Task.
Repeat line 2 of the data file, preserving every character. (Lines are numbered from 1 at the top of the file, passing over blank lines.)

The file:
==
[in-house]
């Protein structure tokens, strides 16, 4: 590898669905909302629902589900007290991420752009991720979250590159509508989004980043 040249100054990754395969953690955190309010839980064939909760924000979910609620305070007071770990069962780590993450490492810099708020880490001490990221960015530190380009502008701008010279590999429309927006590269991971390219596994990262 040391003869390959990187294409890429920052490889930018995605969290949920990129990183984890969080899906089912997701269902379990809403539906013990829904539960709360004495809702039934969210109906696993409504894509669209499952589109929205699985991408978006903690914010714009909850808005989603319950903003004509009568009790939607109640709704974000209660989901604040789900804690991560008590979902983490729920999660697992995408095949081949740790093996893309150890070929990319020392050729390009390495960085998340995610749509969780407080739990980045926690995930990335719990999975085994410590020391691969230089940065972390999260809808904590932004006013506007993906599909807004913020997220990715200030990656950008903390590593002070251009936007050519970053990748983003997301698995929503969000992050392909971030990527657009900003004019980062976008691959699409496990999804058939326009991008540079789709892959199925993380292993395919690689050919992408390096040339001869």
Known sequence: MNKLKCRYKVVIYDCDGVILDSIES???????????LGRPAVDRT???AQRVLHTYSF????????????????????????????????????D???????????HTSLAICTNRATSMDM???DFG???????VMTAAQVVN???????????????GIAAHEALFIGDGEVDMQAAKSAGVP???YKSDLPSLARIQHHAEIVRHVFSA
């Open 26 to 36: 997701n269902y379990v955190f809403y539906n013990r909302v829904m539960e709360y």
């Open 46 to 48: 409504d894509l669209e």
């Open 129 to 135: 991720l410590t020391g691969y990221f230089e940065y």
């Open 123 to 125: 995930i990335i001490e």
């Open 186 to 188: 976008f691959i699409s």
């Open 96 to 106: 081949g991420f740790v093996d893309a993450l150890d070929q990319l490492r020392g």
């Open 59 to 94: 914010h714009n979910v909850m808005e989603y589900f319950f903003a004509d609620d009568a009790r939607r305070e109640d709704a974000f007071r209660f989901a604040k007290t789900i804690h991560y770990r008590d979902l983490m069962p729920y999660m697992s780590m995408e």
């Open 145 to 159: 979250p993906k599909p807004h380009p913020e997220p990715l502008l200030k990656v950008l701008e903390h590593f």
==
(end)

């Protein structure tokens, strides 16, 4: 590898669905909302629902589900007290991420752009991720979250590159509508989004980043 040249100054990754395969953690955190309010839980064939909760924000979910609620305070007071770990069962780590993450490492810099708020880490001490990221960015530190380009502008701008010279590999429309927006590269991971390219596994990262 040391003869390959990187294409890429920052490889930018995605969290949920990129990183984890969080899906089912997701269902379990809403539906013990829904539960709360004495809702039934969210109906696993409504894509669209499952589109929205699985991408978006903690914010714009909850808005989603319950903003004509009568009790939607109640709704974000209660989901604040789900804690991560008590979902983490729920999660697992995408095949081949740790093996893309150890070929990319020392050729390009390495960085998340995610749509969780407080739990980045926690995930990335719990999975085994410590020391691969230089940065972390999260809808904590932004006013506007993906599909807004913020997220990715200030990656950008903390590593002070251009936007050519970053990748983003997301698995929503969000992050392909971030990527657009900003004019980062976008691959699409496990999804058939326009991008540079789709892959199925993380292993395919690689050919992408390096040339001869």